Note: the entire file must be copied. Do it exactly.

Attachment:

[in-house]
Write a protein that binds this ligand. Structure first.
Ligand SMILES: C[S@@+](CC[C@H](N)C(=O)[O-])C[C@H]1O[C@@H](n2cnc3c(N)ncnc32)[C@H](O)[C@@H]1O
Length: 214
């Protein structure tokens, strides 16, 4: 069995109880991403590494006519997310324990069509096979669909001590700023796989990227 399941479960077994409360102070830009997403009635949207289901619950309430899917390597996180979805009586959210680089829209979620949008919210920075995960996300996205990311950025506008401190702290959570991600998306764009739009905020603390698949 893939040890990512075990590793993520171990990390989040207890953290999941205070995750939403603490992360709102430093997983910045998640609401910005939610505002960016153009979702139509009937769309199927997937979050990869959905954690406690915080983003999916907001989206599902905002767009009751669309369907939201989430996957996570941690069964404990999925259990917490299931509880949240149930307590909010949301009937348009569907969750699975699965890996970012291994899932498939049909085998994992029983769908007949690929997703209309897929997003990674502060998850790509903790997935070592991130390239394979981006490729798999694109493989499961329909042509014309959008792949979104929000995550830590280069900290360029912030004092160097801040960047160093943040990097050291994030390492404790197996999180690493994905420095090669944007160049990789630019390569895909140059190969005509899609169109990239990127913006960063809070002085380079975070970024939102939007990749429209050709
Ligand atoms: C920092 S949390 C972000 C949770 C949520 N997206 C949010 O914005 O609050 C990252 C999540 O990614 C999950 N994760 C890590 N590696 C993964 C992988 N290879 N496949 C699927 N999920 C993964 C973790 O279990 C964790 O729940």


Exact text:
[in-house]
Write a protein that binds this ligand. Structure first.
Ligand SMILES: C[S@@+](CC[C@H](N)C(=O)[O-])C[C@H]1O[C@@H](n2cnc3c(N)ncnc32)[C@H](O)[C@@H]1O
Length: 214
């Protein structure tokens, strides 16, 4: 069995109880991403590494006519997310324990069509096979669909001590700023796989990227 399941479960077994409360102070830009997403009635949207289901619950309430899917390597996180979805009586959210680089829209979620949008919210920075995960996300996205990311950025506008401190702290959570991600998306764009739009905020603390698949 893939040890990512075990590793993520171990990390989040207890953290999941205070995750939403603490992360709102430093997983910045998640609401910005939610505002960016153009979702139509009937769309199927997937979050990869959905954690406690915080983003999916907001989206599902905002767009009751669309369907939201989430996957996570941690069964404990999925259990917490299931509880949240149930307590909010949301009937348009569907969750699975699965890996970012291994899932498939049909085998994992029983769908007949690929997703209309897929997003990674502060998850790509903790997935070592991130390239394979981006490729798999694109493989499961329909042509014309959008792949979104929000995550830590280069900290360029912030004092160097801040960047160093943040990097050291994030390492404790197996999180690493994905420095090669944007160049990789630019390569895909140059190969005509899609169109990239990127913006960063809070002085380079975070970024939102939007990749429209050709
Ligand atoms: C920092 S949390 C972000 C949770 C949520 N997206 C949010 O914005 O609050 C990252 C999540 O990614 C999950 N994760 C890590 N590696 C993964 C992988 N290879 N496949 C699927 N999920 C993964 C973790 O279990 C964790 O729940």